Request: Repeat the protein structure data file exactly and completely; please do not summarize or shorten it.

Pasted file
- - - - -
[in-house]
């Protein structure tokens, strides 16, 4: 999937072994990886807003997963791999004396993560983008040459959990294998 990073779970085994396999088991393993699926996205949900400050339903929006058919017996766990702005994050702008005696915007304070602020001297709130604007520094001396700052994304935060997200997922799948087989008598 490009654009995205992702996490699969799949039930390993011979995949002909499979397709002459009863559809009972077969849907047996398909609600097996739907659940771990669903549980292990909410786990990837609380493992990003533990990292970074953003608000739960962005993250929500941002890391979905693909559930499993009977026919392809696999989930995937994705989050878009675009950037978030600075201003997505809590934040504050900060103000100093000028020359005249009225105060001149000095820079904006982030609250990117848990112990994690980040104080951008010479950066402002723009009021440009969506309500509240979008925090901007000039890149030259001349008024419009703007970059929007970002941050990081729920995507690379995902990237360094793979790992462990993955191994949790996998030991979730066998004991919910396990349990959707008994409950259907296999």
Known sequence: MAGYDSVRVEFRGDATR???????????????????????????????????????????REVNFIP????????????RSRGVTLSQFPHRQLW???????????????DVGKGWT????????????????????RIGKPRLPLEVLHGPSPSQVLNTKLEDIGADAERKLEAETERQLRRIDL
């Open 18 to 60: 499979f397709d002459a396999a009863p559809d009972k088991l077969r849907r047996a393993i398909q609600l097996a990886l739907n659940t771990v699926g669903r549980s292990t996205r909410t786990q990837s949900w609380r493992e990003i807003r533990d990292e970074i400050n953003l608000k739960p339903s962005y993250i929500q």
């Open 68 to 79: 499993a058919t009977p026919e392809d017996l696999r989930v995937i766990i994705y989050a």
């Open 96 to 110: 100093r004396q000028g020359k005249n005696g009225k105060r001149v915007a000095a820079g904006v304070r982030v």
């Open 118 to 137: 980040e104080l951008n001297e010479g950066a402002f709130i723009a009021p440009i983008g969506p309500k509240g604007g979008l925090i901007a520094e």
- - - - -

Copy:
[in-house]
């Protein structure tokens, strides 16, 4: 999937072994990886807003997963791999004396993560983008040459959990294998 990073779970085994396999088991393993699926996205949900400050339903929006058919017996766990702005994050702008005696915007304070602020001297709130604007520094001396700052994304935060997200997922799948087989008598 490009654009995205992702996490699969799949039930390993011979995949002909499979397709002459009863559809009972077969849907047996398909609600097996739907659940771990669903549980292990909410786990990837609380493992990003533990990292970074953003608000739960962005993250929500941002890391979905693909559930499993009977026919392809696999989930995937994705989050878009675009950037978030600075201003997505809590934040504050900060103000100093000028020359005249009225105060001149000095820079904006982030609250990117848990112990994690980040104080951008010479950066402002723009009021440009969506309500509240979008925090901007000039890149030259001349008024419009703007970059929007970002941050990081729920995507690379995902990237360094793979790992462990993955191994949790996998030991979730066998004991919910396990349990959707008994409950259907296999």
Known sequence: MAGYDSVRVEFRGDATR???????????????????????????????????????????REVNFIP????????????RSRGVTLSQFPHRQLW???????????????DVGKGWT????????????????????RIGKPRLPLEVLHGPSPSQVLNTKLEDIGADAERKLEAETERQLRRIDL
């Open 18 to 60: 499979f397709d002459a396999a009863p559809d009972k088991l077969r849907r047996a393993i398909q609600l097996a990886l739907n659940t771990v699926g669903r549980s292990t996205r909410t786990q990837s949900w609380r493992e990003i807003r533990d990292e970074i400050n953003l608000k739960p339903s962005y993250i929500q």
């Open 68 to 79: 499993a058919t009977p026919e392809d017996l696999r989930v995937i766990i994705y989050a």
């Open 96 to 110: 100093r004396q000028g020359k005249n005696g009225k105060r001149v915007a000095a820079g904006v304070r982030v």
């Open 118 to 137: 980040e104080l951008n001297e010479g950066a402002f709130i723009a009021p440009i983008g969506p309500k509240g604007g979008l925090i901007a520094e």